Saturday, 22 March 2014

Rethinking the Way Corporate Governance is Taught in Business Schools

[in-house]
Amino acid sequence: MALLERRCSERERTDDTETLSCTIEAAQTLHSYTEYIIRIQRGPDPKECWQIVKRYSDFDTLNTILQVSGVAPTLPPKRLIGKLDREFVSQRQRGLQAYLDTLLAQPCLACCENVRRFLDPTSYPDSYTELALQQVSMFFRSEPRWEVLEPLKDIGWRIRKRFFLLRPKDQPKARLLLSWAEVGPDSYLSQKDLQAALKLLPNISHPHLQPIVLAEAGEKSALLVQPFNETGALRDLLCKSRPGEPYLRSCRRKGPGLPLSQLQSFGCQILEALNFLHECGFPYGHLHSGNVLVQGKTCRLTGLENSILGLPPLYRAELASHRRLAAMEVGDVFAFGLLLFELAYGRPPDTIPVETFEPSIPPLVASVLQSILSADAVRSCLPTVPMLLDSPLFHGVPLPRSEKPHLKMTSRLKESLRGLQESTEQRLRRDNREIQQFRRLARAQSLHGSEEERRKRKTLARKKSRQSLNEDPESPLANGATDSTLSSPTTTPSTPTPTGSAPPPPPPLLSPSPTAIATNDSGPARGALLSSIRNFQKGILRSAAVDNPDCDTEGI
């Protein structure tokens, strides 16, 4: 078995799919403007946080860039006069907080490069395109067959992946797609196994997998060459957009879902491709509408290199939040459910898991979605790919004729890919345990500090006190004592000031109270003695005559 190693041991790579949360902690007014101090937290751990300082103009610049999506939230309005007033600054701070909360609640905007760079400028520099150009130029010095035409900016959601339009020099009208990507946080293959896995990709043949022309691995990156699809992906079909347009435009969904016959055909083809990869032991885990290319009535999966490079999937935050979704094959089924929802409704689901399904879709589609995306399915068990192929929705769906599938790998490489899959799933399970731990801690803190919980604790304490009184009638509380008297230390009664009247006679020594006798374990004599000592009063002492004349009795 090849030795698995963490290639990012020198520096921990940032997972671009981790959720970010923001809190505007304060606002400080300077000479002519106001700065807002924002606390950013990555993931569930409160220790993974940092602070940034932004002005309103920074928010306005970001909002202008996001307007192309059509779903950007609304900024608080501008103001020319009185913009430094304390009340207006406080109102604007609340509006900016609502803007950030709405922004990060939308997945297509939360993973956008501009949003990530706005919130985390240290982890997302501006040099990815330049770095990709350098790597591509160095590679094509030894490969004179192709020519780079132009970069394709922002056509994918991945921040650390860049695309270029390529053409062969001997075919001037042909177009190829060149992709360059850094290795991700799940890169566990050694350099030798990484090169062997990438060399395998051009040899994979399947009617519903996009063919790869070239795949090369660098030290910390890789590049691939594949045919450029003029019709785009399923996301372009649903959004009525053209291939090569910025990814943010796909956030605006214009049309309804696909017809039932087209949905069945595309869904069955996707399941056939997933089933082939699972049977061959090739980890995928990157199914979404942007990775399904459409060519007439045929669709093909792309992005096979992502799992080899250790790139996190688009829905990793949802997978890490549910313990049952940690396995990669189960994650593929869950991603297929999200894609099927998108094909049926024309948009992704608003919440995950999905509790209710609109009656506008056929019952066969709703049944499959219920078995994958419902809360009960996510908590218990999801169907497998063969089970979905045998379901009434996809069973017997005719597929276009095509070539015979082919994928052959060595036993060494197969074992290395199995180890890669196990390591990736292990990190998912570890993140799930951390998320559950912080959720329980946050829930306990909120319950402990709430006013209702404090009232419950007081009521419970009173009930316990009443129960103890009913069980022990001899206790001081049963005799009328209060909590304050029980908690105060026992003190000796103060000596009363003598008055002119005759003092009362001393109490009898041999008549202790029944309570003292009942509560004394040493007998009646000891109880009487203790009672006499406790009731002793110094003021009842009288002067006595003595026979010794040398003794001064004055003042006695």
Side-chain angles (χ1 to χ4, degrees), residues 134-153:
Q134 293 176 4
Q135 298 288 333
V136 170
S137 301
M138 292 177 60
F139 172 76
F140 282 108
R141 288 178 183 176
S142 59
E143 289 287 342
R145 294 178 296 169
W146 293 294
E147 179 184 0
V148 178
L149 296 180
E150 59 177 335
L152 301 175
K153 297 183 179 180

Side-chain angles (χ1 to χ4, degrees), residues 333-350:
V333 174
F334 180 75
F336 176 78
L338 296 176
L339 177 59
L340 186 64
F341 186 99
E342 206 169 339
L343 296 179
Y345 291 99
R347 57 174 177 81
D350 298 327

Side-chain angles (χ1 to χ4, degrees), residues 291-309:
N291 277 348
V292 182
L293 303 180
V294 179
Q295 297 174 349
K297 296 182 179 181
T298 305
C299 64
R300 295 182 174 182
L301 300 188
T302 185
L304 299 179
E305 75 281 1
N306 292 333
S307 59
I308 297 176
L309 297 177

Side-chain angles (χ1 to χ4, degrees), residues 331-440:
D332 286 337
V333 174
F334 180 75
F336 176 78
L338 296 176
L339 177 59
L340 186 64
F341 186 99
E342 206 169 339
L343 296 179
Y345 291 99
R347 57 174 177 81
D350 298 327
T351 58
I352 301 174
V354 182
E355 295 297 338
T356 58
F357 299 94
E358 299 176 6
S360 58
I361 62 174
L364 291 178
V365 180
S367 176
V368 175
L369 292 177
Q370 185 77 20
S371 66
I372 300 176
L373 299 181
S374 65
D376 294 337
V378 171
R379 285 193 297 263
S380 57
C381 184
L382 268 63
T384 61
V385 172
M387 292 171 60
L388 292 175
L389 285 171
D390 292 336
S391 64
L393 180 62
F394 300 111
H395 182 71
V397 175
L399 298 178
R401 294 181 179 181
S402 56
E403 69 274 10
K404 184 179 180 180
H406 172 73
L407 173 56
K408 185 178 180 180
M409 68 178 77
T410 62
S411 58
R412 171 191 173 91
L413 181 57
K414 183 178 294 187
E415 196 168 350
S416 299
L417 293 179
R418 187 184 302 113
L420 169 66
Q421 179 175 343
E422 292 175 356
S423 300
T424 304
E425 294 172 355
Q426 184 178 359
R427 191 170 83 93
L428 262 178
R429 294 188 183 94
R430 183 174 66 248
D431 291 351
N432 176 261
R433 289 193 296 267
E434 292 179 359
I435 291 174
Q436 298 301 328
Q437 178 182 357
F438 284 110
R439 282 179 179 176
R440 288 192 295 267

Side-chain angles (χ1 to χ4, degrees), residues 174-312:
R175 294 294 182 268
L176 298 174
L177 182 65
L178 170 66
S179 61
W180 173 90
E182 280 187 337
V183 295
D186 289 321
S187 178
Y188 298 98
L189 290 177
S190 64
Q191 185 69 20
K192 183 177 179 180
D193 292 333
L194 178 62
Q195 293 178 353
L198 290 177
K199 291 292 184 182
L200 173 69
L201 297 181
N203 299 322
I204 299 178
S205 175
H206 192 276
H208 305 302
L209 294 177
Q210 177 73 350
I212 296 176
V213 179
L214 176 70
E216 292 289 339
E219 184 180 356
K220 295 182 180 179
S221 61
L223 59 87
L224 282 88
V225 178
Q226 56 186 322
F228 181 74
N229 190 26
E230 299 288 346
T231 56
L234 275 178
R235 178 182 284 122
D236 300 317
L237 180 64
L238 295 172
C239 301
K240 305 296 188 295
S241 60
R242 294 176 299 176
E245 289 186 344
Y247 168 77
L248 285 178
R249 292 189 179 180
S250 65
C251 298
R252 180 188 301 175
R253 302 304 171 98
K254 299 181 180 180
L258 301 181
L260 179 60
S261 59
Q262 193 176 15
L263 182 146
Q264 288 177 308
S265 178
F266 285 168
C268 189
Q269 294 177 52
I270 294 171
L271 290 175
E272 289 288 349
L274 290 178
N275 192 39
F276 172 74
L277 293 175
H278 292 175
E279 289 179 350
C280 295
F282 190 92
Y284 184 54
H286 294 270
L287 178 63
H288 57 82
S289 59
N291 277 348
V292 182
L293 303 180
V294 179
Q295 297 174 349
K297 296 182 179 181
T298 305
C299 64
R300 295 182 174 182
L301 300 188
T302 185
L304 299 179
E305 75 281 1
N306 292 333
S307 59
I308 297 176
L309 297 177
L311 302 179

In February, I wrote a blog about the UK approach to corporate governance, which started with the Cadbury code. I argued that we need to review the UK approach as it is not enough evidence based. A few years ago, I organised a conference on corporate governance at Cardiff Business School. One of the participants, one of the authors of an important review of UK corporate governance which was commissioned by the UK government, expressed utter surprise at the fact that there was indeed research being conducted on corporate governance. It seems weird that policy makers and executives have so little awareness and knowledge of corporate governance research, which by its very nature is highly practice oriented and often also has important policy implications.